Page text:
It is simply describing the reality to say that in the very earliest days of mankind's evolution on earth, divine spiritual beings withdrew from man when he woke up. When he slept they took up their abode in the human head, which was then bereft of man's `I' and soul being. During his sleep, divine spiritual beings carried out their activity in the head. When man woke in the morning—i.e., when he again sank into his head—he found the result of this activity. The divine spiritual beings regulated his nerve processes and worked right into the blood circulation. Through the ether body they exerted their influence even in the organic processes in the physical body. In general, the human beings were not clearly aware of this. Only those schooled in the Mysteries realized it; the great masses of humanity experienced it but without full awareness. Thus, when he woke man found the result of the Gods' activity in his head. And when he perceived the configuration of his thoughts, during waking life, it was because during sleep Gods had been active in his head. Thus, ancient Oriental man found every morning a heritage left by the Gods during his sleep, with the consequence that he felt his thoughts to be inspired within him. He felt the Gods' deeds as inspiration. In other words, the divine spiritual beings did not inspire man directly during his waking life; they did it during his sleep by pursuing their own activity in his head.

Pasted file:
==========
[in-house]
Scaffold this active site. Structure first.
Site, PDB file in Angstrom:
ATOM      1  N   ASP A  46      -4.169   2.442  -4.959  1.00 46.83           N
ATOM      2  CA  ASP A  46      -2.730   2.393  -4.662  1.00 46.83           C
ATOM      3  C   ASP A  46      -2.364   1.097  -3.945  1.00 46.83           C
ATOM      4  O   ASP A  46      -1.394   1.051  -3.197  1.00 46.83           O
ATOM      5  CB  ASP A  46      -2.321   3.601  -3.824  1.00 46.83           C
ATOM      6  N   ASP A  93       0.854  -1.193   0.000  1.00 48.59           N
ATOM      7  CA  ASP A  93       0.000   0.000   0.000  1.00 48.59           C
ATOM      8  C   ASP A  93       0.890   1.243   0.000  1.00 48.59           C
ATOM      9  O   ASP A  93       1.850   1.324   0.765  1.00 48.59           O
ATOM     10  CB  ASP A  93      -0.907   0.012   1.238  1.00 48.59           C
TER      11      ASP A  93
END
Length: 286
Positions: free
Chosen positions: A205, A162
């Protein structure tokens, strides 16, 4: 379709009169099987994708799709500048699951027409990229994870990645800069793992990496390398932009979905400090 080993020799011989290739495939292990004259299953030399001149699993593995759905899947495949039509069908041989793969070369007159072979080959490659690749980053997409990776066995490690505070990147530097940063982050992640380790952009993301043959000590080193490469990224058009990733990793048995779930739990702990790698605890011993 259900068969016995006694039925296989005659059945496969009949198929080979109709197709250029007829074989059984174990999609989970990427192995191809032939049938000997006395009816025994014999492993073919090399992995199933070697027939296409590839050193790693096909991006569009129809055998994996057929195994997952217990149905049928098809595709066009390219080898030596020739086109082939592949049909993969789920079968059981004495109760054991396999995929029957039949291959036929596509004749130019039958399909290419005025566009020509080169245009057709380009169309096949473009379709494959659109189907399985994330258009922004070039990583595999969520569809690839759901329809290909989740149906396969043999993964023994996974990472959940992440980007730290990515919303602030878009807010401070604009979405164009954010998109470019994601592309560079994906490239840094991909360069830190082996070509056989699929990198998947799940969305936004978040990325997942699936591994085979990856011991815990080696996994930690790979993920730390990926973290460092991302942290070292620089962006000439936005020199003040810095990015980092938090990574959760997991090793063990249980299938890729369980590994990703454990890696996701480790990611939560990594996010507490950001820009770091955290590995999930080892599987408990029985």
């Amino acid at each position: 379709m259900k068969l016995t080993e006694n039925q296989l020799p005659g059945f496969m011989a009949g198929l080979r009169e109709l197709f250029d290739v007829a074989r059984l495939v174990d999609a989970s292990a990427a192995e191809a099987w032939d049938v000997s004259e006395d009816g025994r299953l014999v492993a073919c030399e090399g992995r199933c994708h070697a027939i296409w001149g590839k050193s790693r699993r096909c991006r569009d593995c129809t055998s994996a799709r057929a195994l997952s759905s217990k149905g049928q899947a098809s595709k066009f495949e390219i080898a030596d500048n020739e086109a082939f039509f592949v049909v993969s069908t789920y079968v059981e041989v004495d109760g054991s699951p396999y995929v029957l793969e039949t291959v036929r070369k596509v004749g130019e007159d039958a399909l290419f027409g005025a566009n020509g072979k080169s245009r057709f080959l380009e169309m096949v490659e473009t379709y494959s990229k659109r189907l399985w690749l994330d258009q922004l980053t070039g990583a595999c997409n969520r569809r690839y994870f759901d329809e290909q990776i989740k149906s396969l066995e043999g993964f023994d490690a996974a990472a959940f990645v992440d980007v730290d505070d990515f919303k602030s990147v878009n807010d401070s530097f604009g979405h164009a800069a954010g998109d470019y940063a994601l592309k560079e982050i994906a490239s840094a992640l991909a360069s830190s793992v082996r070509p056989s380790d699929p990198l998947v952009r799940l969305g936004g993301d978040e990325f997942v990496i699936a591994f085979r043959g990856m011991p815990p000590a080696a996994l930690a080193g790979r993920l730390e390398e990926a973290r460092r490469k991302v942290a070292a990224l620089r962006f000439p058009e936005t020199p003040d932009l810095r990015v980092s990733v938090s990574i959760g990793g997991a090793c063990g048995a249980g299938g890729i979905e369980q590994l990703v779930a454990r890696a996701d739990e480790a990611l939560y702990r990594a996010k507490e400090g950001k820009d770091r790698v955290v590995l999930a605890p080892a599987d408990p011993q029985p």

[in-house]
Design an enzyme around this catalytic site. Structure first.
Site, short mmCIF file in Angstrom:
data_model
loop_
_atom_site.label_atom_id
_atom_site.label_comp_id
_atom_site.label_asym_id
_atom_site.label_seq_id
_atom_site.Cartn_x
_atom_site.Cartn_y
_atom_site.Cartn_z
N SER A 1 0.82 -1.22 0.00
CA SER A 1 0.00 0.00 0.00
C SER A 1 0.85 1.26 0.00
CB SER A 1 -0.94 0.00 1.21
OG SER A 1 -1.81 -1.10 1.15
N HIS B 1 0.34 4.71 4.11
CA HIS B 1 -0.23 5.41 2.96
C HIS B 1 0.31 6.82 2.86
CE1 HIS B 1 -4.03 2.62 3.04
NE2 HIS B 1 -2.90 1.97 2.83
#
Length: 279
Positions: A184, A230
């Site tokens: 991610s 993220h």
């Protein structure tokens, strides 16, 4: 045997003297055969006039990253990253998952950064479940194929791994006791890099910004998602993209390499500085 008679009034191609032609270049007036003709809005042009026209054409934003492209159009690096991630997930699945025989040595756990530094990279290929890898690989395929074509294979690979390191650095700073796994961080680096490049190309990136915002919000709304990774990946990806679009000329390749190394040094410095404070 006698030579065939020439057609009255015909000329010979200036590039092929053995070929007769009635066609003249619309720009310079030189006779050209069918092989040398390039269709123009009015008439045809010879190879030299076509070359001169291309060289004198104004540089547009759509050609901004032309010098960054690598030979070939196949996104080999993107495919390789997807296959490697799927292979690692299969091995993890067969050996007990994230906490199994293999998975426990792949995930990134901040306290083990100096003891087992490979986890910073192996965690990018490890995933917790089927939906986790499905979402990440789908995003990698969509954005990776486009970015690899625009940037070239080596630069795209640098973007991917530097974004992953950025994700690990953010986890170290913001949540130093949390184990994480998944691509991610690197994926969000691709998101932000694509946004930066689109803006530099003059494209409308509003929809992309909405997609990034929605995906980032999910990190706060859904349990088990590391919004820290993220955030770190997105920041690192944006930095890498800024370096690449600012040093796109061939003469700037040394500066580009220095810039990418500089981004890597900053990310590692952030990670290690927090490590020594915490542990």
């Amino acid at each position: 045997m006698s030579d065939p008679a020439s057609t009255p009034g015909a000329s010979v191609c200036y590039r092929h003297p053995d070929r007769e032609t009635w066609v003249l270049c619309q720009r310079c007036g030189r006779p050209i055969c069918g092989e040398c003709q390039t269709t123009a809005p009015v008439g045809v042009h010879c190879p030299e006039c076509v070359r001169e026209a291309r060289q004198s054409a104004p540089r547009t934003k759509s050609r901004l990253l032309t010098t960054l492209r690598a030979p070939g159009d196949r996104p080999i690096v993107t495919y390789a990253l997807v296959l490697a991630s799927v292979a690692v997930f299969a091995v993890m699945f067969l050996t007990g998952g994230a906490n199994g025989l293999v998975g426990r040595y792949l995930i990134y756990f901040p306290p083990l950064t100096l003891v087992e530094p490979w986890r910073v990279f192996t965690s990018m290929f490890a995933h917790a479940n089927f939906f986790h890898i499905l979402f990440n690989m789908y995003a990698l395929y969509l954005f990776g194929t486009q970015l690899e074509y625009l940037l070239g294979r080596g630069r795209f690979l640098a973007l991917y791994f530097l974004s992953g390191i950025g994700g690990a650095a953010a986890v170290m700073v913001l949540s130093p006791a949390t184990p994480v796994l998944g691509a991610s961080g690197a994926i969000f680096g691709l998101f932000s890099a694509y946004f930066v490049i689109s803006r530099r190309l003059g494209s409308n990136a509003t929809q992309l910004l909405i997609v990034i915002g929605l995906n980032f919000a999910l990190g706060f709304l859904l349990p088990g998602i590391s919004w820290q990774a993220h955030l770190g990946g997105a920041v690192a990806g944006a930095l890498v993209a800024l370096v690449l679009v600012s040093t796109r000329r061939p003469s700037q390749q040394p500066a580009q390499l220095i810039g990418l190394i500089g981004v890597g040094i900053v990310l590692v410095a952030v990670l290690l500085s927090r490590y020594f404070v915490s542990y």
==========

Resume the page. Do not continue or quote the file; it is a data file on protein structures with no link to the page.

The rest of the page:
In those ancient times man's social behavior was induced by inspiration. Divine spiritual beings could completely regulate earthly affairs. Through their activity during man's sleep they brought about a mutual trust among human beings and also the obedience felt by the great masses towards their leaders, and so on. There was interaction throughout between the divine spiritual world and the earthly world in the ancient Orient. It was possible because man's whole organization was different.

I have often mentioned the fact that people nowadays imagine that throughout history man has always been as he is now. They assume that the physical nature of his body was the same and so, too, his soul being and the spirituality of his `I'. When a modern historian writes about ancient Egypt and deciphers its documents, then he thinks that though the people were not as clever as he is, they nevertheless thought, felt and acted more or less as he does. The view is that if one goes back far enough then man appears as a kind of higher ape, a state from which he then progresses to—well, to whatever the historian imagines. Nevertheless, it is assumed that from the time historical records began, man has been the same as he is now. This is assumed both in regard to his thinking, feeling and willing, and in regard to his etheric-physical organization.

However, that is not the case; man has altered quite considerably, also during historical times. Just consider the instance I mentioned earlier of how the physical sight of the ancient Greeks differed from ours. They did not see the color blue as we see it; they saw in fact only the reddish color shades. Modern man is mistaken when he thinks that the Greeks, because they were surrounded by beauty, particularly appreciated the beautiful blue of the sky. The Greek did not really differentiate between blue and green; he saw plainly the warm reddish-yellow colors. The sky to him therefore looked quite different from the way it is seen with normal consciousness today. The eyes have changed in the course of mankind's evolution, though in inner subtle ways. In fact, the whole sense system has become different in the course of historical times; and in the Orient, in those ancient times we are considering, the senses were so organized that man could not be deluded by them, nor did they prevent his devoting himself to the result of the divine deeds that remained in his organism when he woke from sleep.